Here we consider a magnetized dusty plasma comprising cold fluid dust particles and suprathermal ions/electrons. In view of the typical charging frequency, it is expected that charge fluctuations would have a minimal influence on the dust ion acoustic modes (Shukla and Mamun 2002), and so we assume that the dust charge is constant. At equilibrium, charge neutrality reads ne0+Zd0nd0=ni0, where ne0, ni0 and nd0 are the equilibrium density of electrons, ions, and dust grains, respectively; and Zd0 is the number of charge residing on the dust grain. From the charge neutrality condition we define f=ne0/Zd0nd0=ni0/Zd0nd0−1. We assume this system to be immersed in an external magnetic field \((B_{0}\parallel \hat{z})\). The dynamics of the low phase velocity DA wave is governed by the following normalized equations:
$$ \frac{\partial n_{d}}{\partial t} + \nabla\cdot(n_{d}\mathbf{u}_{d}) = 0 $$
(1)
$$ \frac{\partial\mathbf{u}_{d}}{\partial t} + (\mathbf{u}_{0} \cdot\nabla) \mathbf{u}_{d} = \nabla\phi- \omega_{c}\mathbf{u}_{d} \times\hat{z} $$
(2)
$$ \nabla^{2}\phi= fn_{e} - (1 + f)n_{i} + n_{d} $$
(3)
where normalization has been made by the following non-dimensional variables: njnj/nj0, ujuj/cd, xx/λDd, tpd, ϕ/Te, ωcωc/ωpd. Furthermore, \(\omega_{pd} = \sqrt{4\pi n_{d0}e^{2}Z_{d0}^{2}/m_{d}}\) is the dust plasma frequency, \(c_{d} = \sqrt{T_{i}Z_{d0}/m_{d}}\) is the dust-acoustic speed, and λDd=cd/ωpd is the dust Debye length. Here, j=i, e, d denote, respectively, ions, electrons, and dust grains, the subscript “0” stands for equilibrium quantities, and the other variables have their usual meaning.
In order to find an electron (ion) density distribution with suprathermal particles, we integrate the kappa-distribution function (1) over the velocity space. Then the normalized electron and ion number density are accordingly expressed as
$$ n_{e} = \biggl(1 - \frac{\sigma\phi}{\kappa_{e} - 3/2}\biggr)^{ - \kappa _{e} + 1/2} $$
(4)
$$ n_{i} = \biggl(1 + \frac{\phi}{\kappa_{i} - 3/2}\biggr)^{ - \kappa _{i} + 1/2} $$
(5)
where σ=Ti/Te.
To investigate the dispersion properties of the linear DA waves for which zeroth order fields and velocities are neglected, we linearize Eqs. (1)–(5) to a first order approximation; then we obtain the linear dispersion relation of the system as follows:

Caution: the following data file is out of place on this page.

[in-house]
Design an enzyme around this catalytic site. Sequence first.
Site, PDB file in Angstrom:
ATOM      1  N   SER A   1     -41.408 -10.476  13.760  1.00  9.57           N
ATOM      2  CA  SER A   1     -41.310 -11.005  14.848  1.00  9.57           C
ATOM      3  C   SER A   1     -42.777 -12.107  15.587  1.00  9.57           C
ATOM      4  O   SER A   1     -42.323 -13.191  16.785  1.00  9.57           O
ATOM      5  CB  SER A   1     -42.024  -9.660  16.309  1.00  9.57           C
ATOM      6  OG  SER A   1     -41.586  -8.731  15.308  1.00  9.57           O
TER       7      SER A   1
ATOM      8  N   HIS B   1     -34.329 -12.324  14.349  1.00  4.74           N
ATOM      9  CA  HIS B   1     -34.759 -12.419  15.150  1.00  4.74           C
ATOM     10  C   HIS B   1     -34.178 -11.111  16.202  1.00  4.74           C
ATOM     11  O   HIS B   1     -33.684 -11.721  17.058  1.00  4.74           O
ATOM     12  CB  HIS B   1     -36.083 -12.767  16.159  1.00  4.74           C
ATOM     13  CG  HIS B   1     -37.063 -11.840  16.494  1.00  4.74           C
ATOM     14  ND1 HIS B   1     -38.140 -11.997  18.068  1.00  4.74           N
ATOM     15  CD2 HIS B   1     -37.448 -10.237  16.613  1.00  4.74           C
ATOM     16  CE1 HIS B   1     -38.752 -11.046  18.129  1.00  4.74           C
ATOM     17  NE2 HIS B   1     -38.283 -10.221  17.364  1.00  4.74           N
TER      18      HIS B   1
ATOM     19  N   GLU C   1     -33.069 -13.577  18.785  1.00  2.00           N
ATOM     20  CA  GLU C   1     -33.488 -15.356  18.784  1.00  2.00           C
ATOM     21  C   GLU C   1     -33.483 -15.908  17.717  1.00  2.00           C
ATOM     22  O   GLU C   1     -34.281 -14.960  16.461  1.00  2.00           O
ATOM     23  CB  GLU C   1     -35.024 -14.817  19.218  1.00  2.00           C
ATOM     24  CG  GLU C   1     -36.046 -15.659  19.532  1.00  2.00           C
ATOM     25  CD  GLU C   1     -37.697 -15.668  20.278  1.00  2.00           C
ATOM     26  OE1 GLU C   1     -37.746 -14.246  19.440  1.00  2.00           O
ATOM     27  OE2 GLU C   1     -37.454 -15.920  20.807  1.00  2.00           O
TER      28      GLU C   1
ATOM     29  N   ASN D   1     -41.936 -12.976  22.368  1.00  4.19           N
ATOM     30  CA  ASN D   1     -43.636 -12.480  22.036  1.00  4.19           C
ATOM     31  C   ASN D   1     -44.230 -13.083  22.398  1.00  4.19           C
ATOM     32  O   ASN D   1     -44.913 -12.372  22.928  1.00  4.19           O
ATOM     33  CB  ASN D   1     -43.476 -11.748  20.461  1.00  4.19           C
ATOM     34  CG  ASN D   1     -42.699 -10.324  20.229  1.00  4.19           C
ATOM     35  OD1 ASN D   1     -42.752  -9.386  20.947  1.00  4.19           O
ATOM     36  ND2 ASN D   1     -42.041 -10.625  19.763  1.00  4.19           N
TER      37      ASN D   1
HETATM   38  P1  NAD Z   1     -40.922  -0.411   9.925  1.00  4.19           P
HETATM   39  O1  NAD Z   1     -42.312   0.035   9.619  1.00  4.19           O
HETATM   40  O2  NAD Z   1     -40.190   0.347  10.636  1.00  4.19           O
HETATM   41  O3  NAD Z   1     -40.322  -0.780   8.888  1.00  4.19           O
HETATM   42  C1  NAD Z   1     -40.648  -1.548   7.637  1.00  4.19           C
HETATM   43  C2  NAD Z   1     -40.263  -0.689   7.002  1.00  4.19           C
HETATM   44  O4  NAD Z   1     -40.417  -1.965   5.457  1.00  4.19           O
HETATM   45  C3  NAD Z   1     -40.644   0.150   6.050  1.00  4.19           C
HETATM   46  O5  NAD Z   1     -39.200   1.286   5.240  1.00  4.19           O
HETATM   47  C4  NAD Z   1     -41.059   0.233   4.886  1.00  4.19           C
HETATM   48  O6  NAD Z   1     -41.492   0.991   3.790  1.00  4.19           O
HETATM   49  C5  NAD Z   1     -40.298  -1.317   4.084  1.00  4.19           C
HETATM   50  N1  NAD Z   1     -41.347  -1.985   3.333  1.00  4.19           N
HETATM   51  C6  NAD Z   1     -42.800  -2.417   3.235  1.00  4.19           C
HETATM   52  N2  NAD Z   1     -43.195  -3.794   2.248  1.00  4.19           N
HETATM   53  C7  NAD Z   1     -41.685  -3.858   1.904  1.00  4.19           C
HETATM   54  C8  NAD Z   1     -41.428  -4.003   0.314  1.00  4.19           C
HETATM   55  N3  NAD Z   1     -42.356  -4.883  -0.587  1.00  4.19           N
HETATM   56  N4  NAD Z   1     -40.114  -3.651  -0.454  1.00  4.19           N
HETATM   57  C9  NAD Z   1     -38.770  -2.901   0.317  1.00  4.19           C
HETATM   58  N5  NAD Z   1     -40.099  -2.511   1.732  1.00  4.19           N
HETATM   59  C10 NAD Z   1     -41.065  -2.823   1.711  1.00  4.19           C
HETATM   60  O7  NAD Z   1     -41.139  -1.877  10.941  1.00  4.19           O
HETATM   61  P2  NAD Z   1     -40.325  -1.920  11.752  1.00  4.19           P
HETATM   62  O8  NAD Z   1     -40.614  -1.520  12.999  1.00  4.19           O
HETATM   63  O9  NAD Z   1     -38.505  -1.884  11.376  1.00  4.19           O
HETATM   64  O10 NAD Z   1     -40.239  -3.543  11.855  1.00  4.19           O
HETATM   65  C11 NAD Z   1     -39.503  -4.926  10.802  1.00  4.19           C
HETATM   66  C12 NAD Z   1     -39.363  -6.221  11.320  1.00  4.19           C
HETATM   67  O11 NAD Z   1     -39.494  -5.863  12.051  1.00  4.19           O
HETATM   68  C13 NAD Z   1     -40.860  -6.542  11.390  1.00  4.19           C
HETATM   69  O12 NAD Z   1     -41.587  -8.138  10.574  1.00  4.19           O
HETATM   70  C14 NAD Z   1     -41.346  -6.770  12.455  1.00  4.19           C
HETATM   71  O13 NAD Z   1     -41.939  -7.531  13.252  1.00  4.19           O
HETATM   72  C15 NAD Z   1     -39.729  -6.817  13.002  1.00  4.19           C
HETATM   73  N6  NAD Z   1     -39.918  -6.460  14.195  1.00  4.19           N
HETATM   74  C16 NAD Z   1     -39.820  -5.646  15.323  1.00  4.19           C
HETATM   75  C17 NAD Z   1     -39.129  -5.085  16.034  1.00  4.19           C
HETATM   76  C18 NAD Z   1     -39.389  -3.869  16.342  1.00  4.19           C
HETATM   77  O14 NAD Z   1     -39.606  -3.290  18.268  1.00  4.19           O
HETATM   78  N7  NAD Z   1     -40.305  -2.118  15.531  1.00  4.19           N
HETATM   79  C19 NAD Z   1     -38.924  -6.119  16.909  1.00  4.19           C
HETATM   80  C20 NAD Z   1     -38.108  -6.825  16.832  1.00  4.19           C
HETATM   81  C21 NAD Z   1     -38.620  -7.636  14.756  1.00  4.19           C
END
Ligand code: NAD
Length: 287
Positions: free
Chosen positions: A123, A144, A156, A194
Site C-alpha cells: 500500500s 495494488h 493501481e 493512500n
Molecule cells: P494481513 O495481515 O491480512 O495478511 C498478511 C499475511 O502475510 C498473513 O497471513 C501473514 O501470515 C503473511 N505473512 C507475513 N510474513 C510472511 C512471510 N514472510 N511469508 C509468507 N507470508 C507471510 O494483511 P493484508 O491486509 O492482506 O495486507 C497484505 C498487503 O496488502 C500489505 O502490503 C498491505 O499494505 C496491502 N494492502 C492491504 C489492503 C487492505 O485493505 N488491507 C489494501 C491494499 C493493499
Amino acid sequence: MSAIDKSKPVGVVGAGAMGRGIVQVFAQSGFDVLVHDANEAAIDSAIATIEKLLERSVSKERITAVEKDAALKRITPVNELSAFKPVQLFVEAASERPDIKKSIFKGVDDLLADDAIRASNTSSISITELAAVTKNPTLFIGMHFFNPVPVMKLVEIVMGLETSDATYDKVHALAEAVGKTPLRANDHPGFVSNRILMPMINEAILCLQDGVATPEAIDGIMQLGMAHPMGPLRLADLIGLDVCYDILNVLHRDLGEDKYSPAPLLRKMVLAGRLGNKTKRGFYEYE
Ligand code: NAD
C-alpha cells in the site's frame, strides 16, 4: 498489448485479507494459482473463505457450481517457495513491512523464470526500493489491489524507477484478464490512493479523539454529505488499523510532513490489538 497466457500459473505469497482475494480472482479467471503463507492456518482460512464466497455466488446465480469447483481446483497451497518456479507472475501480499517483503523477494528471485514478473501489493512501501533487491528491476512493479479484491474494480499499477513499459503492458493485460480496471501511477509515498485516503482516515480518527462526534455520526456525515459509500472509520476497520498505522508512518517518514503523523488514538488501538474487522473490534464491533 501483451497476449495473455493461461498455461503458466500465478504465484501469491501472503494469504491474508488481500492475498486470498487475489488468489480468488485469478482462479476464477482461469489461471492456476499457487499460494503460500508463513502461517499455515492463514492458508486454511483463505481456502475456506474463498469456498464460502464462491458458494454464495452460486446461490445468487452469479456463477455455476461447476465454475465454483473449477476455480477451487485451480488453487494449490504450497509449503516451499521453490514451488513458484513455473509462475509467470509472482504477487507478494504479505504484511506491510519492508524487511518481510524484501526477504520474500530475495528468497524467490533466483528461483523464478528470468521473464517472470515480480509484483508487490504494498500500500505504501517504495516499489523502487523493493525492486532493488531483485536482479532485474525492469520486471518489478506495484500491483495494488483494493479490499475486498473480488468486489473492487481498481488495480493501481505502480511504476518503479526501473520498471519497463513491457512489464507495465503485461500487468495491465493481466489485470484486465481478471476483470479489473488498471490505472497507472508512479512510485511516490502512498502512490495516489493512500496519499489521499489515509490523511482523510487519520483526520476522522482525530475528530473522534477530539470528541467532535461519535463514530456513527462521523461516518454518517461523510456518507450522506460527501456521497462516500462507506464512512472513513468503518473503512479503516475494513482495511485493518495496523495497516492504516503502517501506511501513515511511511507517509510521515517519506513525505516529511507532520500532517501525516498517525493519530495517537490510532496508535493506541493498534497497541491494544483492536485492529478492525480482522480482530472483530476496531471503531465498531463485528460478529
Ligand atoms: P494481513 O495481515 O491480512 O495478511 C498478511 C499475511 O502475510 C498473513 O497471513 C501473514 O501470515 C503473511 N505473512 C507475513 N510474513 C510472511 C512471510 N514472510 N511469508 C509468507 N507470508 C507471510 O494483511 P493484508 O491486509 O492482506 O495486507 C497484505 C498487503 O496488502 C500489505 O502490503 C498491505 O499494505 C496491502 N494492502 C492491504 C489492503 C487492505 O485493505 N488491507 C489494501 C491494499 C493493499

$$ \omega_{ \pm }^{2} = \frac{1}{2}A \pm \frac{1}{2}\sqrt{A^{2} - \frac{4k_{z}^{2}\omega_{c}^{2}}{k^{2}}\bigl(A - \omega_{c}^{2}\bigr)} $$
(6)
where \(A = \omega_{c}^{2} + k^{2} / [k^{2} + fc_{1} + (1 + f)b_{1}]\), c1=σ(2κe−1)/(2κe−3) and b1=(2κi−1)/(2κi−3). It is clear that the linear dispersion relation, which here has been obtained for DA solitary waves, includes the suprathermality effects, external magnetic field, and obliqueness. It should be noted that as the cyclotron frequency tends to zero, in the limit of (κe,κi)→∞, Eq. (6) reduces to Eq. (7) of Rao et al. (1990) for an unmagnetized dusty plasma with Maxwell–Boltzmann ions and electrons. Also, in this case Eq. (6) covers Eq. (2) of Pieper and Goree (1996) in the absence of the damping term.
In the case of parallel wave propagation (k=0), Eq. (6) reduces to
$$ \omega^{2} = \frac{k_{z}^{2}}{k_{z}^{2} + fc_{1} + (1 + f)b_{1}} $$
(7)
It is clear that in this case (parallel propagation) the mode frequency is independent of the magnetic field. Equation (7) is the dispersion relation of DA waves in a three-dimensional unmagnetized dusty plasma. This equation is similar to Eq. (13) which has been obtained by Piel and Goree (2006), and also it is similar to Eq. (7) of Rao et al. (1990). The dispersion relation for the case that the wave propagates perpendicular to the magnetic field (i.e., kz=0) takes this form:
$$ \omega^{2} = \omega_{c}^{2} + \frac{k_{ \bot }^{2}}{k_{ \bot }^{2} + fc_{1} + (1 + f)b_{1}} $$
(8)
This equation indicates the dispersion relation for the dust-cyclotron waves which propagates in a suprathermal dusty plasma. In the limit of (κe,κi)→∞, Eq. (8) is in accordance with results obtained by Shukla and Rahman (1998). In the long wavelength limit, Eq. (8) reduces to the results of Shukla (1992), which were obtained for a dust-cyclotron wave.